Video Games and Esports

Financiers grab the controller

FaZe Clan, recently ranked as the world’s fourth most valuable esports organization, secured a $22.7M convertible loan from Canadian bank Canaccord Genuity. The loan is “convertible at a pre-money equity valuation of $220M and will be used for working capital and general corporate purposes.”4 Esports is fast becoming a legitimate investment area for financiers: more than $6B flowed into esports investments in 2018 and 2019, including Artist Capital Management’s $100M Artist Esports Edge Fund.5 These investments are more than just speculative. In 2019, esports generated over $1B in revenue, according to analytics company Newzoo.6


If you build it, they will come

Many cannabis companies fell short of early sales expectations following legalization in Canada. However, Organigram CEO Greg Engel made an important point during the licensed medical marijuana company’s last earnings call. He noted that recreational cannabis sales per capita are highly correlated to the number of stores available and the proximity of stores to customers. For example, Ontario, the largest province in Canada, had only 30 cannabis dispensaries, as of the end of January.7 That’s only 2.2 dispensaries per million people in the region, compared to about 100 stores per million in Colorado, a pioneering region in terms of cannabis legalization in the U.S. Based on population levels, consumption estimates, and extrapolating dispensary density, estimates are that Ontario could support over 1,000 stores, or more than 30x current levels.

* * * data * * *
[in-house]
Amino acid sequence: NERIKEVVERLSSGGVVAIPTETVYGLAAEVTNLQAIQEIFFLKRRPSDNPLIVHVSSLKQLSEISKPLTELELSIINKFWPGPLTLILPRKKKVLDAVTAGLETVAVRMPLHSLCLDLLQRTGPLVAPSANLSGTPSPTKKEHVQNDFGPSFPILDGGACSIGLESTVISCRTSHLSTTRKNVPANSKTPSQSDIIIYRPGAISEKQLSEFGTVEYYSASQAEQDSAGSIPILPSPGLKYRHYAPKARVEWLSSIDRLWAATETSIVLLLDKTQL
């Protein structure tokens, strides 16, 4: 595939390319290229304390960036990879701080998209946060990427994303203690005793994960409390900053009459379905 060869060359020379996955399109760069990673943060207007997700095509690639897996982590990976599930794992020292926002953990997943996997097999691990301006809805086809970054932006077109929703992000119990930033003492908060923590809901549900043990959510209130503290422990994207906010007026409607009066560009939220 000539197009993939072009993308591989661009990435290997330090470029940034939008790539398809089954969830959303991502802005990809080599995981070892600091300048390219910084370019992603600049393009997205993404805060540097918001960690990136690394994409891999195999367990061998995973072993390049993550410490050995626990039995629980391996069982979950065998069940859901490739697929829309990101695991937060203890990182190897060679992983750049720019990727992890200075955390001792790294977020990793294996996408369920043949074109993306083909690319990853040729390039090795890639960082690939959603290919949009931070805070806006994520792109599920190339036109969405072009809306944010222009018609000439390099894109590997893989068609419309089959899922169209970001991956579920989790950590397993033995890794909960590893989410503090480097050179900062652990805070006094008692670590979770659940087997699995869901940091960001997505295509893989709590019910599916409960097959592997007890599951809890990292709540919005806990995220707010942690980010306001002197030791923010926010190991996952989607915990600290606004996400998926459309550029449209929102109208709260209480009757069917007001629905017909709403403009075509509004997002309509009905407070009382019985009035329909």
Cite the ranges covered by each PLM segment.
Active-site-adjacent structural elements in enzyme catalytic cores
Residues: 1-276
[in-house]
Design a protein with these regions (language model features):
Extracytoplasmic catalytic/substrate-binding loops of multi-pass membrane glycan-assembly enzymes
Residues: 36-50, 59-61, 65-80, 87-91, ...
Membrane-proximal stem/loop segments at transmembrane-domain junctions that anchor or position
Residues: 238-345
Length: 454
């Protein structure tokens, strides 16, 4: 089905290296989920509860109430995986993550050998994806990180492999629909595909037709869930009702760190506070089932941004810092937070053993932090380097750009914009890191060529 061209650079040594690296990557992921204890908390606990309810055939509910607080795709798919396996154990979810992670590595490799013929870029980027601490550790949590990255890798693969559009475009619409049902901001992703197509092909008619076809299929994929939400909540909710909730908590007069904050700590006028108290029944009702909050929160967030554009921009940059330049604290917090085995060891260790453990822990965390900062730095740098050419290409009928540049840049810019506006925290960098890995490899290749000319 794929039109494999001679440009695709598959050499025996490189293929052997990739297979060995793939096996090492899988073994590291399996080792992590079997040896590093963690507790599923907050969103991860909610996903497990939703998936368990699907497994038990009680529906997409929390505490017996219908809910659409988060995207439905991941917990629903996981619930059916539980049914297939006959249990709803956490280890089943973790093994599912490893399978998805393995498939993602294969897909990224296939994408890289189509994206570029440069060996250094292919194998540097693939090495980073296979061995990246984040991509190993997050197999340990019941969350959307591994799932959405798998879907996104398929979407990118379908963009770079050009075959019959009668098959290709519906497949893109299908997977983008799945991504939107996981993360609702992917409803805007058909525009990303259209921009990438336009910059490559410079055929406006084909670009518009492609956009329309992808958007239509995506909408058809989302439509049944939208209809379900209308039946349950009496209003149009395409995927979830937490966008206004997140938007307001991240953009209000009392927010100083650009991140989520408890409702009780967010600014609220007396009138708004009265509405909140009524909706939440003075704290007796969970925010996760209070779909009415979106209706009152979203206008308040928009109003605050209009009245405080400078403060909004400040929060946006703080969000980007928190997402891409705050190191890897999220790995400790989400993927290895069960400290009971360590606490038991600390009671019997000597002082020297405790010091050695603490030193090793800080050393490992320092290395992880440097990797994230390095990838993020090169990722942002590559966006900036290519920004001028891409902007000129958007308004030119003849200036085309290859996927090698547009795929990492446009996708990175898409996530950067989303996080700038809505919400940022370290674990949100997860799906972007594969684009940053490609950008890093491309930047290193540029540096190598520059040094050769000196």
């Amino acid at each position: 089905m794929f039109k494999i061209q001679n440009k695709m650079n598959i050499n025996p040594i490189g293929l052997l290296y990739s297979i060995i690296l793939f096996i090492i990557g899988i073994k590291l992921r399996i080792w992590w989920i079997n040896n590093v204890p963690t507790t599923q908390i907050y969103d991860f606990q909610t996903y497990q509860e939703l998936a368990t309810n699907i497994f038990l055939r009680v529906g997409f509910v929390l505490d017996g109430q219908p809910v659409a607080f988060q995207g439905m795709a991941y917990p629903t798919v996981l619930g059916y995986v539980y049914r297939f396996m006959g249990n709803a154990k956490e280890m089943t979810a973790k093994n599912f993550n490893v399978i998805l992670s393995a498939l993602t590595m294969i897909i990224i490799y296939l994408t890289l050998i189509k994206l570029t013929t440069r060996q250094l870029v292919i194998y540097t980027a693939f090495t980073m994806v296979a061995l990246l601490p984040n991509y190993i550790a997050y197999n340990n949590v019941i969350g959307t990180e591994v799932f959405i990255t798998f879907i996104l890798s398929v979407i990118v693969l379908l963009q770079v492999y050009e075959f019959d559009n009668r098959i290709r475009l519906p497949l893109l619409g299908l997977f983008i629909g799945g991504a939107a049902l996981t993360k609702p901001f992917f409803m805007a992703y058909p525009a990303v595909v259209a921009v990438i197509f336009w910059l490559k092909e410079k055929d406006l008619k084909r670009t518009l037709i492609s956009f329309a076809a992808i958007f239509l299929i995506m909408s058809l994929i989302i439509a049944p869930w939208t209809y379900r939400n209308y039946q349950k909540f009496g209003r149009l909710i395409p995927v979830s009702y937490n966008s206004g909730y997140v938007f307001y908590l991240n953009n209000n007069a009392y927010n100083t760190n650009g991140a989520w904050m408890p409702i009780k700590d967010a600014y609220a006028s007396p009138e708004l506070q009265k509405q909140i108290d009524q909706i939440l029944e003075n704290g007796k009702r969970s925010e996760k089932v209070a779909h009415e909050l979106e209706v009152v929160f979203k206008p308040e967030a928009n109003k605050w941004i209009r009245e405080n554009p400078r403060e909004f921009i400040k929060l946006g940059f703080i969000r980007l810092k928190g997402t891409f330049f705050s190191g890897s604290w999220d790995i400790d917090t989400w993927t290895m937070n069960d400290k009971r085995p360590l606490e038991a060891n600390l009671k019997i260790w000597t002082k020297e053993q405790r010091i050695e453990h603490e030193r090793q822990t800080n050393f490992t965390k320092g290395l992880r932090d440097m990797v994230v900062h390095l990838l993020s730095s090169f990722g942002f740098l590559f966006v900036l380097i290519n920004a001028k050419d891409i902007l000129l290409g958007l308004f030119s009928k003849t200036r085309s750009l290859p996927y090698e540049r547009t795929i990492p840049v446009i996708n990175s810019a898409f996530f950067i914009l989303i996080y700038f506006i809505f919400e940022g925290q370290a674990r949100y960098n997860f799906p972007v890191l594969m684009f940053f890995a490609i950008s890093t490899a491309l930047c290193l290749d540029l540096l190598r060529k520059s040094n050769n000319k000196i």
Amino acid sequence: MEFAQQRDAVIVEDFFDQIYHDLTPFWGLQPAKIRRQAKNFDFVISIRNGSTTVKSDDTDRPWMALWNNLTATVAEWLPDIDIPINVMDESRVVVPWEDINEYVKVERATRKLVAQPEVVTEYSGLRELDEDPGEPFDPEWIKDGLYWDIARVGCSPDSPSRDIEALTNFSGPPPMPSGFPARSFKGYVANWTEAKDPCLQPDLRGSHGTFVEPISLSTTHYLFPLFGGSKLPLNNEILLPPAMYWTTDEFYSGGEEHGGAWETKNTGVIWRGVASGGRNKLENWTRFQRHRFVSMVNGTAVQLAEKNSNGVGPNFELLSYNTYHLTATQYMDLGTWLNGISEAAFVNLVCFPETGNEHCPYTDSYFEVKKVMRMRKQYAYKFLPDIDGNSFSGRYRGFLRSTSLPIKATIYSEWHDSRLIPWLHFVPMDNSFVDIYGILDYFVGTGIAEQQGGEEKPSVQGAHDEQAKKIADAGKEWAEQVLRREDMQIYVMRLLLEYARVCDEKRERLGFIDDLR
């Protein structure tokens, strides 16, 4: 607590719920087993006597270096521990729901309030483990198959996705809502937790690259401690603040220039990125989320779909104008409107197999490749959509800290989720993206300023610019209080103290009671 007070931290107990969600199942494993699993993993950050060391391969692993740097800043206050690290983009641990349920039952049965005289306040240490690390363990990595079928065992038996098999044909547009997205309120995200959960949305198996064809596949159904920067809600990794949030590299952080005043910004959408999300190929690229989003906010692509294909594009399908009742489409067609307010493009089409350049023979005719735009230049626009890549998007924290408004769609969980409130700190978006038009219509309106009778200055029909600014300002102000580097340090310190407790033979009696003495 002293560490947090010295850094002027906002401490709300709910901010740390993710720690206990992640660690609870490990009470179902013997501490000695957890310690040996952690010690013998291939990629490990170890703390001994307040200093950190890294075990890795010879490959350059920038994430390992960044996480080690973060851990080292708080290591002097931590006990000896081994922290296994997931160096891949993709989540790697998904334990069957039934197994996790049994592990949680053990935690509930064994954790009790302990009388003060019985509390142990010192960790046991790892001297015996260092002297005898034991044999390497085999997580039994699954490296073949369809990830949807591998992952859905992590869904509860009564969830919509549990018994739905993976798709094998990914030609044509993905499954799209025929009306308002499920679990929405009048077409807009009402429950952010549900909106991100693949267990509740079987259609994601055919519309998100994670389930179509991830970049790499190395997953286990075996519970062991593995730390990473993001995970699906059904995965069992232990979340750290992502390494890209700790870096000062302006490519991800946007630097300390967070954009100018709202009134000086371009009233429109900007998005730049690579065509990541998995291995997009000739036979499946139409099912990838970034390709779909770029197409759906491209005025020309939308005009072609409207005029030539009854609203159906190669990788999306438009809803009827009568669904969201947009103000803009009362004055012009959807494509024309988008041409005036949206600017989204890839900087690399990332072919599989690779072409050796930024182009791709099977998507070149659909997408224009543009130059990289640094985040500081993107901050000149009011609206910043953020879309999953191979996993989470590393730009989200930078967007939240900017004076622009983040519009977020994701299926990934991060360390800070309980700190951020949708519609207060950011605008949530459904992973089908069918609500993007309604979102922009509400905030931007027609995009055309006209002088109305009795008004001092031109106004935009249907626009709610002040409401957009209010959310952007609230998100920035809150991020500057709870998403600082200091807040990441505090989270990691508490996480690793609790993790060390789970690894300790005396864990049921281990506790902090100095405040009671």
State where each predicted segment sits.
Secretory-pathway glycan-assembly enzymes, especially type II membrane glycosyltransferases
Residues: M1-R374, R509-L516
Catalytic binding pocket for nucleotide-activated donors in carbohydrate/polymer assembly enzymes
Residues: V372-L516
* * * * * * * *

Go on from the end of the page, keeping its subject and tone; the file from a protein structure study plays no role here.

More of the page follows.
U.S. Infrastructure Development

Trendy trains and bustling buses

U.S. public transport ridership rose 2.2% in Q3 2019, continuing an upward trend that started in the previous quarter.8 This comes after years of decline that culminated in 2018 when ridership reached its lowest point since 2006.9 The uptick is positive for an increasingly urban world where capacity and sustainability constraints risk the viability of mass-scale private transportation. According to the American Public Transportation Association, ridership increases in the New York City Region and Washington, D.C. drove the growth. Fittingly, both areas committed to infrastructure improvements in recent years. D.C.’s railways are in the midst of a year-long, 24/7 track maintenance project and New York recently invested almost $800M in public transit infrastructure.10 The average American spends 97 hours in traffic a year, costing $87B in lost income.11 In other words, infrastructure investment is essential, as the benefits go well beyond just getting from Point A to Point B faster.



The following charts examine returns and sales growth expectations by theme, based on their corresponding ETFs.

Thematic ETFs Sales Growth

Thematic ETFs Returns